Antitrust Alert: DOJ Passes on Opportunity To Challenge Joint Purchasing Agreement
The Department of Justice Antitrust Division ("DOJ") released a business review letter stating its intention not to challenge the American Optometric Association's ("AOA") plan to expand group purchasing to optometric products including corrective lenses, eyeglass frames, and contact lenses. A business or other organization may submit a proposed action and receive a statement about whether DOJ intends to challenge the action under the antitrust laws. The AOA is a trade association of approximately 27,000 independent optometry doctors and other industry participants. Although some of the doctors compete to purchase optometric products, DOJ concluded AOA's plan is unlikely to harm consumers. This case is a reminder that the antitrust laws permit certain competitor collaborations, such as joint purchasing arrangements, that benefit consumers.
DOJ and Federal Trade Commission guidelines (in health care) state that joint purchasing does not raise antitrust concerns unless:
- the arrangement accounts for so large a portion of purchases that it can exercise market power by driving prices below competitive levels, or
- the input products account for so a large portion of the total cost of the output products that participants sell such that the arrangement facilitates anticompetitive conduct, e.g., price fixing.
Those guidelines include a "safety zone" in which the agencies will not challenge joint purchasing, absent extraordinary circumstances, if the:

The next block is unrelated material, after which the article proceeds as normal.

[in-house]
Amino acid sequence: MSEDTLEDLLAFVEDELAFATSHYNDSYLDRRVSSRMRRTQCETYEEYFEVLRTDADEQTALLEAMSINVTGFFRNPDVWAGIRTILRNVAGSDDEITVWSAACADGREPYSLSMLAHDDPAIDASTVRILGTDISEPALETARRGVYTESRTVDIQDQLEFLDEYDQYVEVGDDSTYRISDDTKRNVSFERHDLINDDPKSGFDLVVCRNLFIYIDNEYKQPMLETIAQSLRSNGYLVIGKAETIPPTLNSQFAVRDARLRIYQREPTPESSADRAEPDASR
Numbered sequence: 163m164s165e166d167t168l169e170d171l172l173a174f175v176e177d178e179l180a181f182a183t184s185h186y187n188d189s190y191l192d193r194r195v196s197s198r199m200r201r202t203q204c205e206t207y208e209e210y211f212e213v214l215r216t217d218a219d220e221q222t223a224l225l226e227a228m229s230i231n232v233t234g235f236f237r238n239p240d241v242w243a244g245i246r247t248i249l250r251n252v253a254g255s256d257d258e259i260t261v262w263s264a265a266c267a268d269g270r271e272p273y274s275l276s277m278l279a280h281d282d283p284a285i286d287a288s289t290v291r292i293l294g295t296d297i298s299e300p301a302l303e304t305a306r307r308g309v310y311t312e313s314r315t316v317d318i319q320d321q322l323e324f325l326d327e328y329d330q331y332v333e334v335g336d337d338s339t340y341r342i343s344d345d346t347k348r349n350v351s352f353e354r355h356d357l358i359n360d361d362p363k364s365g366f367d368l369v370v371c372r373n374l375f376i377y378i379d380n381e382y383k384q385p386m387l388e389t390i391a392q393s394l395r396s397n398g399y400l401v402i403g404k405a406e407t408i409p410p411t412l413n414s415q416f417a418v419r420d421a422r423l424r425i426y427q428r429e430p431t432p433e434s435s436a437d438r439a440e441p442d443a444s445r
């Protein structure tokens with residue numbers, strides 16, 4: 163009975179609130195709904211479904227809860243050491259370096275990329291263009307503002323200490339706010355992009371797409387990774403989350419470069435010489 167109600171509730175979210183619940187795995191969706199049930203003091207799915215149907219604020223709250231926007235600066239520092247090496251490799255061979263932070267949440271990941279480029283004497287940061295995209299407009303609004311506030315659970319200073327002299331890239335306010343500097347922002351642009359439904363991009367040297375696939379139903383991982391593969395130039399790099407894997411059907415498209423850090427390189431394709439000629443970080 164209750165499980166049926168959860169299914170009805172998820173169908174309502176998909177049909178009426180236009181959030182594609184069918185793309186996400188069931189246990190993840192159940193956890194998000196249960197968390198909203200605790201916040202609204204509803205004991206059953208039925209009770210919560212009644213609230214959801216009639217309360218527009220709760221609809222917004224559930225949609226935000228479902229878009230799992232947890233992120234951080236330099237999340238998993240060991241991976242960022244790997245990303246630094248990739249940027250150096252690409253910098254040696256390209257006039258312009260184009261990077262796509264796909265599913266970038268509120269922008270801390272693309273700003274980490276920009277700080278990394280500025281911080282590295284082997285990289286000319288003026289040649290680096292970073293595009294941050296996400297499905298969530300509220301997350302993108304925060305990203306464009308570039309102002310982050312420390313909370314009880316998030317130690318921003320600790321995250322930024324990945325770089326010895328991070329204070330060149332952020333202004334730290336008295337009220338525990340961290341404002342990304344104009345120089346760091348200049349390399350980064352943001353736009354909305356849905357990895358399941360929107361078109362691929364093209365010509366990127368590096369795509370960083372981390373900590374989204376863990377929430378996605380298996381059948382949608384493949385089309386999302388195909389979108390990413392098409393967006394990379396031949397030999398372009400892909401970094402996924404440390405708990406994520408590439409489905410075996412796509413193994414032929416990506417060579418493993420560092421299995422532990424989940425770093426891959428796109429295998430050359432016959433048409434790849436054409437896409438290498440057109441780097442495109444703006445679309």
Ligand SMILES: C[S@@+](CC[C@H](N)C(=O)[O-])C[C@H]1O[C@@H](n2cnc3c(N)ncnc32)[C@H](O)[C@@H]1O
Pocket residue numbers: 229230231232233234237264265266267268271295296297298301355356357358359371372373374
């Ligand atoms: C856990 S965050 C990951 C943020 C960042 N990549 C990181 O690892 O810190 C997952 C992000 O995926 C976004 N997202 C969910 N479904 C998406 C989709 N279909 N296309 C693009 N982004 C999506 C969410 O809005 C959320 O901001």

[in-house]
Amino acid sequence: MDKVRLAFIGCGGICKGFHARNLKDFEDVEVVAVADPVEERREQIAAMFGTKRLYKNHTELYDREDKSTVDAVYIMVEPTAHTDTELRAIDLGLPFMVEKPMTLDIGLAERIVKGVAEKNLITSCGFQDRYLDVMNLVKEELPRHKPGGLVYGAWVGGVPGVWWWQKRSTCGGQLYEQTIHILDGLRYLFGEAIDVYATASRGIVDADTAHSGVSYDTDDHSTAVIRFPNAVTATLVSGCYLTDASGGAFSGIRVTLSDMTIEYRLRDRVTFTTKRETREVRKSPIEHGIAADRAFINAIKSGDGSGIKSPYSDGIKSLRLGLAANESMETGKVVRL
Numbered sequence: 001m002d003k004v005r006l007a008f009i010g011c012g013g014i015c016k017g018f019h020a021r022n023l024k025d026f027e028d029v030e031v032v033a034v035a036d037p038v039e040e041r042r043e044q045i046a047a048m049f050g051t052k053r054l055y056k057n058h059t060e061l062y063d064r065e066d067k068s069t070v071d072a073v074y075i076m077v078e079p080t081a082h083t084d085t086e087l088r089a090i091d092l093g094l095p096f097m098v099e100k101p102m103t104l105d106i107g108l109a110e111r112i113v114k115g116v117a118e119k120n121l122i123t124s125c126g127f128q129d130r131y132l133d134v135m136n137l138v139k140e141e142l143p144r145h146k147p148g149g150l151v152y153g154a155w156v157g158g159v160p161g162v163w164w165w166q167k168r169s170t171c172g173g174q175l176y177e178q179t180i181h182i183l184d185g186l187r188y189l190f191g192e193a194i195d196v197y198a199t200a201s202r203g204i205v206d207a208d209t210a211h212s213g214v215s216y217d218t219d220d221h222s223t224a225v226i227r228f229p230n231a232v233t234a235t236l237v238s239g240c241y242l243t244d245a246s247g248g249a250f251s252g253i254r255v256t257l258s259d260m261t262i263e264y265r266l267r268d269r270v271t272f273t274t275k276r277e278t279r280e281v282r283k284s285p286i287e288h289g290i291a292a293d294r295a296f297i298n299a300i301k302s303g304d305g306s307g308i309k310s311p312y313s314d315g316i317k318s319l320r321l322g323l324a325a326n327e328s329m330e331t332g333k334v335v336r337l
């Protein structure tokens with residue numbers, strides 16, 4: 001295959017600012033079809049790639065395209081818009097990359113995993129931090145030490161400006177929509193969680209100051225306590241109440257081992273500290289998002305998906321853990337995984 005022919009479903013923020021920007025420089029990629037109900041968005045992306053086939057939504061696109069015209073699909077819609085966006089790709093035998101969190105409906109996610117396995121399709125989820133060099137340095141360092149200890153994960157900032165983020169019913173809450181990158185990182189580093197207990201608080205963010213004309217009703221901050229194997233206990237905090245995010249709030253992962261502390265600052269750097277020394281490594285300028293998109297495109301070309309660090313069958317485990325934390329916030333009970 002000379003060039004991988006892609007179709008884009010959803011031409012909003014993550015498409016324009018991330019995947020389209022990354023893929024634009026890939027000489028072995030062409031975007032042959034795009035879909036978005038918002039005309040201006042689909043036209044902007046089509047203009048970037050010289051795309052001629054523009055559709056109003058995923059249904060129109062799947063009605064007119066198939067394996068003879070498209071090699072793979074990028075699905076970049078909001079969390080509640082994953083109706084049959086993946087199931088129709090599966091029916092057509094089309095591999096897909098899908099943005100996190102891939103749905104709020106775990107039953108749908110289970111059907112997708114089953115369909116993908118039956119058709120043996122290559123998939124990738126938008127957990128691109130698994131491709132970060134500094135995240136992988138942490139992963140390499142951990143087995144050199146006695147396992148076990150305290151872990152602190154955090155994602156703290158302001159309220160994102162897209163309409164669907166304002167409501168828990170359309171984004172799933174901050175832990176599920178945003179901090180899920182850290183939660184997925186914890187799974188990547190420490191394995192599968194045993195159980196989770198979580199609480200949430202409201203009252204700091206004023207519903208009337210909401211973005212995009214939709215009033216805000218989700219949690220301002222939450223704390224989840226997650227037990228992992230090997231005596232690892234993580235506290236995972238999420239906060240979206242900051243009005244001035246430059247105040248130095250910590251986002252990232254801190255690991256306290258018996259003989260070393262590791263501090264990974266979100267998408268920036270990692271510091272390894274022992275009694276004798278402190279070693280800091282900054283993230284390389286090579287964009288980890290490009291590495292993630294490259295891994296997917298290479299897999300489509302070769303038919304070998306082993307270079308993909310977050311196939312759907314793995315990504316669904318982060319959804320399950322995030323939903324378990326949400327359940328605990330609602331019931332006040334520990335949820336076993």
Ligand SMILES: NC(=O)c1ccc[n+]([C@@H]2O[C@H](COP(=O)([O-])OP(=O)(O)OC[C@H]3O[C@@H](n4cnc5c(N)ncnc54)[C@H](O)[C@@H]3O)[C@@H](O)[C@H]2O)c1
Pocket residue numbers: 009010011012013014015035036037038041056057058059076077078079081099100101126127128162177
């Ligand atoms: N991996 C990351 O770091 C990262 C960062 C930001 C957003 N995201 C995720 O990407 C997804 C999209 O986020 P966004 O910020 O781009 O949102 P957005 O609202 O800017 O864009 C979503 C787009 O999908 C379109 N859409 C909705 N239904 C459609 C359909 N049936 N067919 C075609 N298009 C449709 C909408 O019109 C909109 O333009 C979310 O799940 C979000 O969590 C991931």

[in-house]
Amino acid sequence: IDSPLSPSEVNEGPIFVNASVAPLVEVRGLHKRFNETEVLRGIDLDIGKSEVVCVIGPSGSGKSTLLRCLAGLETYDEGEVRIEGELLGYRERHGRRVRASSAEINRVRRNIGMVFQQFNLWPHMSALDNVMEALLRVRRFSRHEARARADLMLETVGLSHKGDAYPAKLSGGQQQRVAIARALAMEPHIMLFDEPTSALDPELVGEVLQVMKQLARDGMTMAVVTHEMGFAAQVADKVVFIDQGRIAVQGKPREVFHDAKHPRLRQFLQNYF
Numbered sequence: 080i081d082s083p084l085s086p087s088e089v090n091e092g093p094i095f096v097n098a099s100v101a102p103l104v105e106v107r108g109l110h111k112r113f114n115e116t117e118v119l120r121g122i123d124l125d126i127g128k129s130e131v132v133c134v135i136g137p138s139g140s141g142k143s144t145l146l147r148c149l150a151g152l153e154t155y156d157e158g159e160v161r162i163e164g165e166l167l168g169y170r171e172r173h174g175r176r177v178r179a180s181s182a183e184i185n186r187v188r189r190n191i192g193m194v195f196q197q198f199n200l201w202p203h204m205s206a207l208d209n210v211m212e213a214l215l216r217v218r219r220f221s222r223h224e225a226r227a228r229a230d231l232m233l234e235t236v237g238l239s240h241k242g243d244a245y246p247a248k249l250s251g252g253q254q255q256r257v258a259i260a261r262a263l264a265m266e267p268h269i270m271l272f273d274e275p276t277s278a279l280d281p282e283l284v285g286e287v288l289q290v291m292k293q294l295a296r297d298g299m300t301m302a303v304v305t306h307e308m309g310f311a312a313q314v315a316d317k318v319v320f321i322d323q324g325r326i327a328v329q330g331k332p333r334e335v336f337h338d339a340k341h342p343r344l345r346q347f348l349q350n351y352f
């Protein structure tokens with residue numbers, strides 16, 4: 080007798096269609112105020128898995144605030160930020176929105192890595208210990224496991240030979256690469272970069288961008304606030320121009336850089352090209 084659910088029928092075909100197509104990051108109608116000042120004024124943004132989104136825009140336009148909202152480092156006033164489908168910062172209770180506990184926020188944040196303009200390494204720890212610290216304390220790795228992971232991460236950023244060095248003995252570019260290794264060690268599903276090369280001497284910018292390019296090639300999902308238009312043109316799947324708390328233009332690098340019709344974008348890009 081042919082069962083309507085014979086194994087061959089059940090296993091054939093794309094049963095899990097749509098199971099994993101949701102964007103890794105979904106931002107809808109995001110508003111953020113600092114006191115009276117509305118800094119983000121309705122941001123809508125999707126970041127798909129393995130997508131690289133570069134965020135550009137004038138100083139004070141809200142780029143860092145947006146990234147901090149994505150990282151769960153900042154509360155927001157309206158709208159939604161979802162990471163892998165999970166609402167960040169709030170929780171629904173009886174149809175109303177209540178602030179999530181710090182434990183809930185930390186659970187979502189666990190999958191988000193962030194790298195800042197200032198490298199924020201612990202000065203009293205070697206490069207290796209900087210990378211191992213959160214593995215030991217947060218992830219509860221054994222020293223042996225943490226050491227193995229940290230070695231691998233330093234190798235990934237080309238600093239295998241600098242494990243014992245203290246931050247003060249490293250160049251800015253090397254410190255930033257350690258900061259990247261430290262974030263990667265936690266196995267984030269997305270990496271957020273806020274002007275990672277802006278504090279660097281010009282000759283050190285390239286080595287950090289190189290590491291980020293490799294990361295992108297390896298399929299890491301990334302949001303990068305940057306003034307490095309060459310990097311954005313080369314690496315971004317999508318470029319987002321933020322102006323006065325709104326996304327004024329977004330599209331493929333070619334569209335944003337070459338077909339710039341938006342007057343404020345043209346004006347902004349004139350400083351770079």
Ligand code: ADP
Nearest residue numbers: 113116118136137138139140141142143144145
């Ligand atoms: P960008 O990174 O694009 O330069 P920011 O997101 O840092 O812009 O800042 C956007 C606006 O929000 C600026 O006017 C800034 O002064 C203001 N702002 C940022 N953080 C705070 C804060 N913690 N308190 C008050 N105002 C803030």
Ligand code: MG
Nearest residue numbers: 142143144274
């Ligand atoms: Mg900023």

- combined share of purchases is less than 35 percent of the relevant market, and
- costs of the products are less than 20 percent of total revenues from all products that each competing participant sells.
AOA members comprised "significantly less" than 35 percent of optometric product sales. Although costs exceeded the 20 percent threshold, DOJ noted that joint purchasing outside the safety zone does not necessarily raise concerns. It cited additional AOA safeguards that "substantially, if not completely" eliminated risk of improper price coordination: (1) members are not required purchase through AOA; (2) a third party will negotiate prices with suppliers; and (3) price communications between AOA and individual members will be confidential as to each participant.
Although the antitrust laws limit certain joint conduct among competitors, DOJ's letter is a reminder that competitors can collaborate to benefit consumers. Properly structured, competitor collaborations can lead to improved volume discounts, lower transaction costs, lower prices, new or improved products or services, interoperable products, or improved access to otherwise unavailable products or services.
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